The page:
Welcome to this week’s [evening] edition of our Friday Quality Linkage column. Please enjoy this week’s collection of interesting and entertaining links. Brew a fresh cup of coffee, find a comfortable place, and relax.
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Paul “Stammy” Stamatiou wrote an in-depth review of the 12.9″ iPad Pro as a laptop replacement in his work and day-to-day life, from writing and publishing to photo editing to file management and more:
Against my better judgement, I decided to give tablets one more chance. On the last day of a vacation that started in Rwanda and ended in the UK, I walked into the Regent Street Apple Store in London and purchased a 12.9″ iPad Pro and Smart Keyboard.
That was a few months ago. A few months in which my 13″ MacBook Pro has not even been powered up once. Any new gadget novelty has long since worn off and I’m still loving and using this iPad Pro daily.
What changed this time around?
In typical fashion, he’s loaded this article with fantastic photos. And as a longtime iPad-only user myself, even I learned a new trick for invoking Split View (bold emphasis mine):
If the app you want isn’t in the Dock and you have a keyboard connected, you can also type Command + Space to open up Spotlight, search for the app and then drag it down.
Now I have an actual reason to use Spotlight on iOS
Max Seelemann, co-creator of the Ulysses writing app — which is so good we made a course for it — is celebrating his company’s 15th anniversary and decided to share the story of how it came to be what it is today:
When thinking back, what strikes me the most is how I never planned to become who I am now. I’d attribute most of my path to a privileged childhood, coincidence, timing, dedication, perseverance and a portion of luck. In hindsight, one could think that I carefully planned the consecutive steps towards a goal. But I never had that big a vision for what I wanted to become, where I wanted to go, what I wanted to do “later in life”. Instead, lazy as I am, life just played out step by step.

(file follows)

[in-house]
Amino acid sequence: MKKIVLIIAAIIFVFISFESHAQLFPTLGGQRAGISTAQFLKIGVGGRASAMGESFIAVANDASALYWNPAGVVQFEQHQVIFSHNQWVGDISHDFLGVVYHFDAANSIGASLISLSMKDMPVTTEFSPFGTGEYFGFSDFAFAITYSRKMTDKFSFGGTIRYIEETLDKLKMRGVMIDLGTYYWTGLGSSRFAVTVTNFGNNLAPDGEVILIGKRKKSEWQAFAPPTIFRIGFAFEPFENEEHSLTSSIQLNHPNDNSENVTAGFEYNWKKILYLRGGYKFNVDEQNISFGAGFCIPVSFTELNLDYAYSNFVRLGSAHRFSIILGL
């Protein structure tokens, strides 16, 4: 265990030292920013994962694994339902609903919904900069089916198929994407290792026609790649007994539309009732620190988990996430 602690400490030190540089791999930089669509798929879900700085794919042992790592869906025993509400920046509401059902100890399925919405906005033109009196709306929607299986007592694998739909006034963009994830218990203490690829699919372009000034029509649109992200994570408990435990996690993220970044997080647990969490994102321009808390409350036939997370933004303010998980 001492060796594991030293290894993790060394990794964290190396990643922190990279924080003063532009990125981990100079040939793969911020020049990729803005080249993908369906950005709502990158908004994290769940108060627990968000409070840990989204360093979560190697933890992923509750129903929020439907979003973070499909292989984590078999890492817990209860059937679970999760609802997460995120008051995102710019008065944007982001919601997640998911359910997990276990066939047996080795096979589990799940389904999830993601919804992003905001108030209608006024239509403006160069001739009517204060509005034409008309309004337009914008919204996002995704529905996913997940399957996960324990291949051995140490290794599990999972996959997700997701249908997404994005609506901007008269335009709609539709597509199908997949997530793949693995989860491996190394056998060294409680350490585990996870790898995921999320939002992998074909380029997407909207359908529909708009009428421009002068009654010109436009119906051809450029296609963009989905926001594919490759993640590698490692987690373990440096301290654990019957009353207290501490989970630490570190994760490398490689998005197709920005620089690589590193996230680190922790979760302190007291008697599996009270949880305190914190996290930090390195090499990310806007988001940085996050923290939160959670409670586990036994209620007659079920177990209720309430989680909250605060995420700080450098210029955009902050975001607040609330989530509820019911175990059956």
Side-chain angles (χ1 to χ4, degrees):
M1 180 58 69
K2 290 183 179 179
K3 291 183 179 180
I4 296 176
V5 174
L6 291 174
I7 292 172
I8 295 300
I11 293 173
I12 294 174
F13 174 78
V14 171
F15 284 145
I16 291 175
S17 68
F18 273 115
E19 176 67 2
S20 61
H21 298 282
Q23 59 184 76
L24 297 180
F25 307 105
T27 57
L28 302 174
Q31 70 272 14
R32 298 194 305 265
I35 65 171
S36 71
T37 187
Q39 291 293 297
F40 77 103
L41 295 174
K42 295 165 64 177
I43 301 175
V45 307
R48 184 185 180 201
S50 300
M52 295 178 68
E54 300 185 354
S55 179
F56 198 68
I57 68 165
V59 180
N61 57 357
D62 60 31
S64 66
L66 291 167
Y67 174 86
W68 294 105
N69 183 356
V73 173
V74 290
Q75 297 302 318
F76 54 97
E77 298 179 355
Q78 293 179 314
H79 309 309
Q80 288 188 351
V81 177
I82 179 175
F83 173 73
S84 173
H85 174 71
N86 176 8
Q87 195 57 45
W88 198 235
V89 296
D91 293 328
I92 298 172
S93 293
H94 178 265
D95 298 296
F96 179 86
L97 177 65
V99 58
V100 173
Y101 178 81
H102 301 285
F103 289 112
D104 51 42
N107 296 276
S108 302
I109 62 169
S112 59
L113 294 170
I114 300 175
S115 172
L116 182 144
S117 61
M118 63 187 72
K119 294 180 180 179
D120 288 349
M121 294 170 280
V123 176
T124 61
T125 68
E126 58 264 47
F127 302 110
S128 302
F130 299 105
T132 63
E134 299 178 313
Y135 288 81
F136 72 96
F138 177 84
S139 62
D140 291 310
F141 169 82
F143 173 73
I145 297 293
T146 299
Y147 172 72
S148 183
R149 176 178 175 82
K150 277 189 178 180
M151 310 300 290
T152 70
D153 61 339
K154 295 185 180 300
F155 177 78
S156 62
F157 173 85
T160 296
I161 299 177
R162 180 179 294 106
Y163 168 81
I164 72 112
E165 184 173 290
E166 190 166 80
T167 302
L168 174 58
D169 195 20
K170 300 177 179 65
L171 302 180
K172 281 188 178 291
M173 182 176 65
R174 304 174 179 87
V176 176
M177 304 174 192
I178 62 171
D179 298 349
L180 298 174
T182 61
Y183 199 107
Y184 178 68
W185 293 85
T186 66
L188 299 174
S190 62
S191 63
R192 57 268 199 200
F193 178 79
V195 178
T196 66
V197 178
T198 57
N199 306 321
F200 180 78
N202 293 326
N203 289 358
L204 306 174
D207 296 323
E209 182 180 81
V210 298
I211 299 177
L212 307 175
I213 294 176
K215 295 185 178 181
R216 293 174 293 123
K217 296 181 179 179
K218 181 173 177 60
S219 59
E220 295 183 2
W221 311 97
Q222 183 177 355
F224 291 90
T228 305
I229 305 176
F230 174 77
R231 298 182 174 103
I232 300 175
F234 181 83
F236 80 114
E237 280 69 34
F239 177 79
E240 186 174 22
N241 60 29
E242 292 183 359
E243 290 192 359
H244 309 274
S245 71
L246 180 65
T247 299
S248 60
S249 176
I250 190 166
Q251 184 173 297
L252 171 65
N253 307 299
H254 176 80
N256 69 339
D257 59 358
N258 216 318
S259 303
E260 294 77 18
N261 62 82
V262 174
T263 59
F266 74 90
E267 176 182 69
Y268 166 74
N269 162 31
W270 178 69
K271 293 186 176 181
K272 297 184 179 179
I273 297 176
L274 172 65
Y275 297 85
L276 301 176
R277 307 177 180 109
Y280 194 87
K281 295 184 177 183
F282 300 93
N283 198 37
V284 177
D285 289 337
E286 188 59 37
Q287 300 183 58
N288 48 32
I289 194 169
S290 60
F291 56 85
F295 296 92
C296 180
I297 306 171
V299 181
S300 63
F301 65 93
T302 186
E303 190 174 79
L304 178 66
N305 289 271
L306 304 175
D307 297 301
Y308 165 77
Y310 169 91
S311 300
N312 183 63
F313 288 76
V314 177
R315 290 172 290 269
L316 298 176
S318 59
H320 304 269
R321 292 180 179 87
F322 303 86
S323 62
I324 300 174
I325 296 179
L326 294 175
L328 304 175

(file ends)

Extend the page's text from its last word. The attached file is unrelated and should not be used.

What strikes me is that he started this project when he was 16 years old:
During the first years, I would make sure nobody would see my age. I was 16. What sane [person] would base her/his professional writing life on a tool hacked together by a kid? Maybe that doesn’t make sense, but it was a real concern for me.
Screenwriter Michael Arndt — known for writing films like Little Miss Sunshine, Toy Story 3, and Star Wars: The Force Awakens — produced a fantastic video essay on how to end a film. It clocks in at an hour-and-a-half long and is full of screenwriting wisdom, so save it for late-night watching this weekend. Thankfully, this page where the video is embedded has timestamps for the various sections in it.
He also has a video on beginnings, though that one is only 8 minutes long:
(Apologies for neither of these embeds working on T&T — there’s unfortunately nothing I can do about the setting they’ve used, which prevents it.)
I love the minimal design of the personal website of Hawaiian elementary schoolteacher Jacoby Young, where he keeps a handful of running lists and things he’s currently about. If you follow my Linkage columns closely at all, you’ll know this sort of “old-school blogging” thing is right in my wheelhouse.
Anyway, one list that isn’t listed on the lists page (ha) is “Less, More, and None”, which…er, lists things he wants to do less often, more often, or not at all. I like this idea a lot and think it’d be a useful exercise for anyone.
In this piece for The New York Times, Caroline Beaton reveals some fascinating data on user reviews and the motivations behind them:
What’s more, reviews are often capricious and circumstantial. For example, the sentiment of travelers’ reviews hinges on their companionship. A study published last fall in Electronic Commerce Research and Applications, looking at 125,076 online reviews, found that people traveling with significant others wrote the most positive reviews, followed by those traveling with friends or family. Reviewers traveling alone or for business were the most negative. Our experiences change depending on our expectations, travel expertise and who we’re with.
Useful to think about next time you’re checking Yelp or Amazon.
Helpful reminder by Richard Denniss at The Guardian (bold emphasis mine):
But the love of buying things can, by definition, provide only a transient sense of satisfaction. The feeling can be lengthened by the “thrill of the chase”, and may include an afterglow that includes walking down the street with a new purchase in a branded carry bag. It might even extend to the moment when you get to show your purchase to your friends and family.
But the benefits of consumerism are inevitably short-lived as they are linked to the process of the purchase, not the use of the product. So while consumerism is the love of buying things, materialism is the love of the things themselves – and that’s an important distinction.
Neat Stuff We Published This Week
- Guide: “Four Fun Cookbooks”
- Be the airport terminal hero: Cable Matters 4-Outlet Power Splitter Cord (2-Pack)
- Get better sleep: Alaska Bear Natural Silk Sleep Mask & Blindfold
- Toss your old screwdriver: Wera “Kraftform Kompakt 27 RA” Ratcheting Screwdriver
- …and get this
mankid a shieldweapon: Nature Launchers Hand-Carved Animal-Themed Slingshots
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Got any suggestions for articles, videos, stories, photographs, and any other links you think we should be posting in our weekly Quality Linkage? Please do let us know on Twitter.